A Manual of Christian Faith and
Practice, attempted in Six Discourses, delivered during Lent, 1830, at Southport, Lancashire. By the Rev. Tuomas GarrATT, . A. London : Baldwin and Cradock. 1830. 12mo.
In our number for January last we noticed Mr. Garratt's “ Appeal to Protestants,” and his seasonable farewell sermon to his late parishioners at Wilmslow. We now have much pleasure in introducing him to our readers as an intelligent and vigilant pastor, solicitous to guard his hearers and readers against mistakes in the important doctrines of “ Christian Faith and Practice.” The first four of his Discourses enforce obedience to the moral laws of the Bible on Christian principles, and explain and prac-. tically apply the ten commandments. The fifth discourse shews our need of God's gracious dispensation in Christ, in order to salvation, and the supreme excellence of the divine doctrine of justification by faith; and in the sixth and last, the author considers the love of Christ for his friends, and proves that obedience to the Gospel is the essential testimony of a just claim to that title. Perspicuity of style and the affectionate earnestness of the Christian minister, are happily combined in this unpretending, but highly useful little volume.
A Treatise on Confirmation : with
Practical Discourses applicable to Confirmed Persons. By Thomas WILLIAM LANCASTER, M. A. Vicar of Banbury, and formerly Fellow of Queen's College, Oxford. London: Rivingtons. 1830. 12mo. pp. xxvi. 153. 58.
This little treatise is well calculated to give a right understanding, and to induce an attentive consideration of the important rite of Confirmation. It explains the nature of the office, and the authority of its institution ; refutes the objection which has been raised against it, as being adapted only to Apostolic times, and the gift of the extraordinary influence of the Holy Ghost; enforces the great responsibility of parents and sponsors in
preparing children for the solemniza- ing of Providence, may be enlarged tion of it; and urges upon those, who in proportion to his desire and his partake of the rite, the paramount ability to do good. obligation of performing their part of the Christian covenant, for which, ratified in their own persons, they receive the assistance of divine grace
The Layman's Test of the true Minister by the imposition of hands. To the
of the Church of England. London: treatise itself, the author has sub
Cadell. 1830. 12mo. pp. vii. 56. joined four discourses applicable to
True it is, that one part of the the state of those who have been confirmed.
Clergy, professing to adhere to the They are written in a plain,
doctrine and discipline of the Church unaffected and persuasive style; and
of England, adopt an interpretation of contain much that is useful for the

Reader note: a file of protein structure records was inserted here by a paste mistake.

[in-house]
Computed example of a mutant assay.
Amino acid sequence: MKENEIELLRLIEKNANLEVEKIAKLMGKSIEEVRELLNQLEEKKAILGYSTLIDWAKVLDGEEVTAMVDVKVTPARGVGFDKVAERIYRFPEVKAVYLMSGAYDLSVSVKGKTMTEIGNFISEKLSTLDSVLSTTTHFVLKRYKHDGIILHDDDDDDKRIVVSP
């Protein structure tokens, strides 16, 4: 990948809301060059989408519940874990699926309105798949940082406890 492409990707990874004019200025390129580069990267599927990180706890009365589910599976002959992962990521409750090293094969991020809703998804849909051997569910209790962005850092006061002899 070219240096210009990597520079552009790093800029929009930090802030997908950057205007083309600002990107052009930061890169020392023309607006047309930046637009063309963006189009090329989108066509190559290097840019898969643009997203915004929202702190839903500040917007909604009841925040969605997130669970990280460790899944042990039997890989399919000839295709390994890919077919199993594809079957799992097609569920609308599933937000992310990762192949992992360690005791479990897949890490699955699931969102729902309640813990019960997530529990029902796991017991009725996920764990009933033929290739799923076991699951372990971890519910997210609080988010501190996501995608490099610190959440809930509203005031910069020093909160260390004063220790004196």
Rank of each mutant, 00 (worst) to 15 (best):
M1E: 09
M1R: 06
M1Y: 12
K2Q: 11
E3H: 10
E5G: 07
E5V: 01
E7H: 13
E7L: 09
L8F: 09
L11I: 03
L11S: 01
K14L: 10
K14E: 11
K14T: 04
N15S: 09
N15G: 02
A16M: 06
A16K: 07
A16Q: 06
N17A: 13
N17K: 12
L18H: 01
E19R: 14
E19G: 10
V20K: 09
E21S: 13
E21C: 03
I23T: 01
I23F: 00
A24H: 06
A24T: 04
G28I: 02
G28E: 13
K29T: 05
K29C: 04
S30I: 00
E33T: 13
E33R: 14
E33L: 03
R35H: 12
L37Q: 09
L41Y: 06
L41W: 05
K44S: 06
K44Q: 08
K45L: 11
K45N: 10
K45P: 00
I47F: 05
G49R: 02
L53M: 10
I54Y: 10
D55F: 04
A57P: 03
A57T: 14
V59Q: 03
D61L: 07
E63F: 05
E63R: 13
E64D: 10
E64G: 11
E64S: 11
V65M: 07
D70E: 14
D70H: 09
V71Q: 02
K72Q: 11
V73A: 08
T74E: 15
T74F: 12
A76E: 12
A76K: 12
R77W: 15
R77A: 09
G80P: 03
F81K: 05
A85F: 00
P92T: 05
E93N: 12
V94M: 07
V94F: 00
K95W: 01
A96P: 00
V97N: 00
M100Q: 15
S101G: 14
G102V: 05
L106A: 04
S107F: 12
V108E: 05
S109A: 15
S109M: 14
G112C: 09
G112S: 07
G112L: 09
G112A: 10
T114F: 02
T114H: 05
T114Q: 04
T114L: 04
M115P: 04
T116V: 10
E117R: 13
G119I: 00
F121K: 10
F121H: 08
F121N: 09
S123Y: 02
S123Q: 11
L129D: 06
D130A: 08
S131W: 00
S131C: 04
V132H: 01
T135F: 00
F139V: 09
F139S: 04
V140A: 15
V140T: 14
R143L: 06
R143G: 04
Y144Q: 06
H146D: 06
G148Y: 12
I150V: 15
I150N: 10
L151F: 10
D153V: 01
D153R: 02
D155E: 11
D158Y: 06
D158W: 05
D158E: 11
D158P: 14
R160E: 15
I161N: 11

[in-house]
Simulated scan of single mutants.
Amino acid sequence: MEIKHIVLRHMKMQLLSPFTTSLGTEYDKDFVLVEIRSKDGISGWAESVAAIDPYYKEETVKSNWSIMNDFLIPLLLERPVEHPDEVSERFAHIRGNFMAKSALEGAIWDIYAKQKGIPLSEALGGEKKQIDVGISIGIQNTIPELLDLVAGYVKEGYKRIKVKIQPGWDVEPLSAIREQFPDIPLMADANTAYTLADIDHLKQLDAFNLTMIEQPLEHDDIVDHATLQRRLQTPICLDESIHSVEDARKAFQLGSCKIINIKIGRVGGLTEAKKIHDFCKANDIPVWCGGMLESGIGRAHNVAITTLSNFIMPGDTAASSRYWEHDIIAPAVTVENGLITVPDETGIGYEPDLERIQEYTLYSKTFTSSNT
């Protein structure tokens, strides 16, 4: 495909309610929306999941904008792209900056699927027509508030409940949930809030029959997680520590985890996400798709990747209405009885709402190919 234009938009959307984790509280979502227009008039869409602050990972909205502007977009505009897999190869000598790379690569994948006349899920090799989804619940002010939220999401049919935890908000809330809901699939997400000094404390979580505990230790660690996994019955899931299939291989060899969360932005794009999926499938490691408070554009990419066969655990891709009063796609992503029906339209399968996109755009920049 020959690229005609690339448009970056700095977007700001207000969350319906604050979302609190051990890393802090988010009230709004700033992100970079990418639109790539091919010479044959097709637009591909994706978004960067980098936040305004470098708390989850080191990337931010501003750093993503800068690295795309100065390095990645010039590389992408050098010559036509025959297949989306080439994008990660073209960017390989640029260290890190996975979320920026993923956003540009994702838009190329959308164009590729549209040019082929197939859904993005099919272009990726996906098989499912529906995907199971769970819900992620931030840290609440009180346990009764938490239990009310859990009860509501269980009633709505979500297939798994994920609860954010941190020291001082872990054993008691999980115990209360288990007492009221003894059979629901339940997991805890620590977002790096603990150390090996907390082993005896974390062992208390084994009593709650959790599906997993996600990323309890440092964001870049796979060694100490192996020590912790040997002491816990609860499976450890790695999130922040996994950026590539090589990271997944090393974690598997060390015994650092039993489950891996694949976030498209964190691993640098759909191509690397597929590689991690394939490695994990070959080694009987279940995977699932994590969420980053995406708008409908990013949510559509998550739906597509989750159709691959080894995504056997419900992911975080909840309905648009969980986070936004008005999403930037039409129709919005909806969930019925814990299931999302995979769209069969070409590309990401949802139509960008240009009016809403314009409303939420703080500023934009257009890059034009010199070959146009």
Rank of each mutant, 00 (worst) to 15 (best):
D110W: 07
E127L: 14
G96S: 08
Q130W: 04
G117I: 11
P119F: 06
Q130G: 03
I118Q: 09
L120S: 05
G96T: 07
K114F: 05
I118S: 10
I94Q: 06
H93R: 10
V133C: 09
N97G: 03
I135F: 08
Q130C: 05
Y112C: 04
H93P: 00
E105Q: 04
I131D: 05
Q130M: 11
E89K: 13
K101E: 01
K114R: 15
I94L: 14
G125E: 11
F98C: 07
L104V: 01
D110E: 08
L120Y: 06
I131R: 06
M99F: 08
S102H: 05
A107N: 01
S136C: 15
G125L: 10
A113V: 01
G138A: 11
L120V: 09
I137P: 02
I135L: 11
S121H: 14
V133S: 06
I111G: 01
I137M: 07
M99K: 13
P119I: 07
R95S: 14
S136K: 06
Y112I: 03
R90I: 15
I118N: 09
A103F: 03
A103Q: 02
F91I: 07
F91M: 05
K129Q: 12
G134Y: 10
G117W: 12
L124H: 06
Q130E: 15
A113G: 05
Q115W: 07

· the Scriptures diametrically opposite serious reflection of the Christian in
to that which is followed by another ; every stage of his journey through life. We would direct the especial
and it is equally true, that one of these
modes of interpretation must be wrong. attention of our youthful readers to
The struggle between the Calvinist that on the “ Necessity of Early
and the orthodox Churchman, as they Piety.”
are respectively designated, is not a
mere strife of words; and as both lay Twelve Sermons, brief and explanatory.
equal claim to the title of ministers of
the Church of England, it becomes a By the Rev. E.S. APPLEYARD, B. A. late of Caius College, Cambridge.
question of some importance, to decide
between the contending claimants. London: Hatchard. 1830. 12mo.
Now a minister of the Church of pp. xii. 190. Price 4s.
England is obliged, by law, to subAny attempt to be profitable to our scribe to the Thirty-nine Articles, and generation is unquestionably praise the Liturgy; and the severest penalworthy; and, even though it fail in its ties are annexed to the violation of object, must be a source of inward the oaths administered at ordination. satisfaction to the mind. The Ser. By these Articles, therefore, and the mons before us are the production of Liturgical forms and offices, the true a Clergyman, who is prevented by minister must stand or fall; and for ill-health from undertaking the more this purpose, our “ Layman” has laborious duties of his profession; and selected the test of regeneration, as he has published them in the hope connected with the sacrament of Bapof being enabled to do at least some tism, in order to shew that Calvinists good to his fellow-creatures. He are, in point of fact, neither ministers, invites criticism with a view to im- nor members of the Church of Engprovement; and we are happy to be land. From an induction of passages able to award a favourable judgment from the Church Catechism, the Bapof his publication. We do not say that tismal Service, and the Collects, in he is free from faults; but they seem which Baptismal Regeneration is to be the faults of a young writer, recognized and enforced, several inwhich a little more practice and closer ferences are deduced, (p. 34.) which, study will speedily correct. There is together with a note annexed, insomewhat of affectation in his manner, volve the train of argument of his and his theological inquiries have not admirable treatise. been very deep; but withal his ex Both laity and Clergy will be inhortations are energetic, and his appeals terested and instructed by the “ Layforcible, and occasionally pathetic. man's Test;" and we recommend a We wish him better health with un- candid application of it to all who feigned sincerity, and trust that his profess to belong to the venerable and sphere of usefulness, under the bless- Apostolical Communion.